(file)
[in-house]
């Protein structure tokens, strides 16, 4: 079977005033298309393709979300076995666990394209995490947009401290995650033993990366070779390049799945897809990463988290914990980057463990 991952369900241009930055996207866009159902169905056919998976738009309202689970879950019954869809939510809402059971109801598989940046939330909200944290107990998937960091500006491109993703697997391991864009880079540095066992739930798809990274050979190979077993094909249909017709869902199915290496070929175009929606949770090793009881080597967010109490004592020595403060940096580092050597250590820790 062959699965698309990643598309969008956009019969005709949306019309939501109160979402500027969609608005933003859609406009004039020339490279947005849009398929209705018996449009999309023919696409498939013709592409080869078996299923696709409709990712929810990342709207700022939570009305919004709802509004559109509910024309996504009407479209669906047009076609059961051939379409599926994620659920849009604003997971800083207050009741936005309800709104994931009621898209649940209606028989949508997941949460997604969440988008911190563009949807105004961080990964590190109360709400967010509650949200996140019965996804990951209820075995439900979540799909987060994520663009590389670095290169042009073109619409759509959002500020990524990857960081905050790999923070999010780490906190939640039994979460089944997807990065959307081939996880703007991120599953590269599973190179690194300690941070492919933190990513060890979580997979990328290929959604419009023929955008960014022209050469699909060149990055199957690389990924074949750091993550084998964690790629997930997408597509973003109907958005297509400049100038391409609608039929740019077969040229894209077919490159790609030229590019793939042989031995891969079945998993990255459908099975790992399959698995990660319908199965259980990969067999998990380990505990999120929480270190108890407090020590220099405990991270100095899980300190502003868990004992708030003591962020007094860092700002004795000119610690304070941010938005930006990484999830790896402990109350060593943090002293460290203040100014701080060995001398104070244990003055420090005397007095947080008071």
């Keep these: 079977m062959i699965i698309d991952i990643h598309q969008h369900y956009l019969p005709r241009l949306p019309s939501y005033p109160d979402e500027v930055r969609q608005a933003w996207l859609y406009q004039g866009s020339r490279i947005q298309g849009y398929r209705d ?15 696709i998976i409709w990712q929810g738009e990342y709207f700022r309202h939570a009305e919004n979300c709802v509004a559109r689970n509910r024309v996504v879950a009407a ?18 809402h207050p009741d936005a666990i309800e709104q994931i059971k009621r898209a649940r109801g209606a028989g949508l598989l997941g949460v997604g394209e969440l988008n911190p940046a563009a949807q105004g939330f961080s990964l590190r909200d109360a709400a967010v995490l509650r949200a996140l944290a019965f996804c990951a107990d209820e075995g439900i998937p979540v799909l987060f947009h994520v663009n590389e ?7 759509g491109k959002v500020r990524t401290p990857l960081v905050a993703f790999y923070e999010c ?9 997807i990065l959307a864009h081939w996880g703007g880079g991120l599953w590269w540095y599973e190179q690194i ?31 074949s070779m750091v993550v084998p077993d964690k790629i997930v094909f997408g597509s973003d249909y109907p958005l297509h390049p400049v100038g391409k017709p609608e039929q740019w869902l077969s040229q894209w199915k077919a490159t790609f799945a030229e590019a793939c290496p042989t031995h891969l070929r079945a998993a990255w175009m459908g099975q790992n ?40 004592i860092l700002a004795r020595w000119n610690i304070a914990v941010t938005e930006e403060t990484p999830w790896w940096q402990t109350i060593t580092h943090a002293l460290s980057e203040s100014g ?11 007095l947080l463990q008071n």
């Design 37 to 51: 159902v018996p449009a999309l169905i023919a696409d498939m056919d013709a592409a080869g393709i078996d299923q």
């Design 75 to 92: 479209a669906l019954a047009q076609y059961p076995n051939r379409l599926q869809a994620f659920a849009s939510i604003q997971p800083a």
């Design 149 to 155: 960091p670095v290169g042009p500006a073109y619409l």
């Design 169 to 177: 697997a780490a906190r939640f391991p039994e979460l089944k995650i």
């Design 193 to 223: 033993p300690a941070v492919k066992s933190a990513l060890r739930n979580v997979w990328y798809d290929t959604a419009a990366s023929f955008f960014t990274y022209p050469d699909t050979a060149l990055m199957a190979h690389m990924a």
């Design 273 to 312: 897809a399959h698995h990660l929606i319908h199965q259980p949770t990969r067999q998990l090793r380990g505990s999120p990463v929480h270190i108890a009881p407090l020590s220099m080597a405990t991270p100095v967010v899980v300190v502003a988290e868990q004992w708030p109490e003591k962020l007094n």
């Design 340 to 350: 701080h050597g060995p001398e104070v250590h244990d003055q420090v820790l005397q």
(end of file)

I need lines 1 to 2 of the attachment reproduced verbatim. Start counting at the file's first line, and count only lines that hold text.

[in-house]
């Protein structure tokens, strides 16, 4: 079977005033298309393709979300076995666990394209995490947009401290995650033993990366070779390049799945897809990463988290914990980057463990 991952369900241009930055996207866009159902169905056919998976738009309202689970879950019954869809939510809402059971109801598989940046939330909200944290107990998937960091500006491109993703697997391991864009880079540095066992739930798809990274050979190979077993094909249909017709869902199915290496070929175009929606949770090793009881080597967010109490004592020595403060940096580092050597250590820790 062959699965698309990643598309969008956009019969005709949306019309939501109160979402500027969609608005933003859609406009004039020339490279947005849009398929209705018996449009999309023919696409498939013709592409080869078996299923696709409709990712929810990342709207700022939570009305919004709802509004559109509910024309996504009407479209669906047009076609059961051939379409599926994620659920849009604003997971800083207050009741936005309800709104994931009621898209649940209606028989949508997941949460997604969440988008911190563009949807105004961080990964590190109360709400967010509650949200996140019965996804990951209820075995439900979540799909987060994520663009590389670095290169042009073109619409759509959002500020990524990857960081905050790999923070999010780490906190939640039994979460089944997807990065959307081939996880703007991120599953590269599973190179690194300690941070492919933190990513060890979580997979990328290929959604419009023929955008960014022209050469699909060149990055199957690389990924074949750091993550084998964690790629997930997408597509973003109907958005297509400049100038391409609608039929740019077969040229894209077919490159790609030229590019793939042989031995891969079945998993990255459908099975790992399959698995990660319908199965259980990969067999998990380990505990999120929480270190108890407090020590220099405990991270100095899980300190502003868990004992708030003591962020007094860092700002004795000119610690304070941010938005930006990484999830790896402990109350060593943090002293460290203040100014701080060995001398104070244990003055420090005397007095947080008071």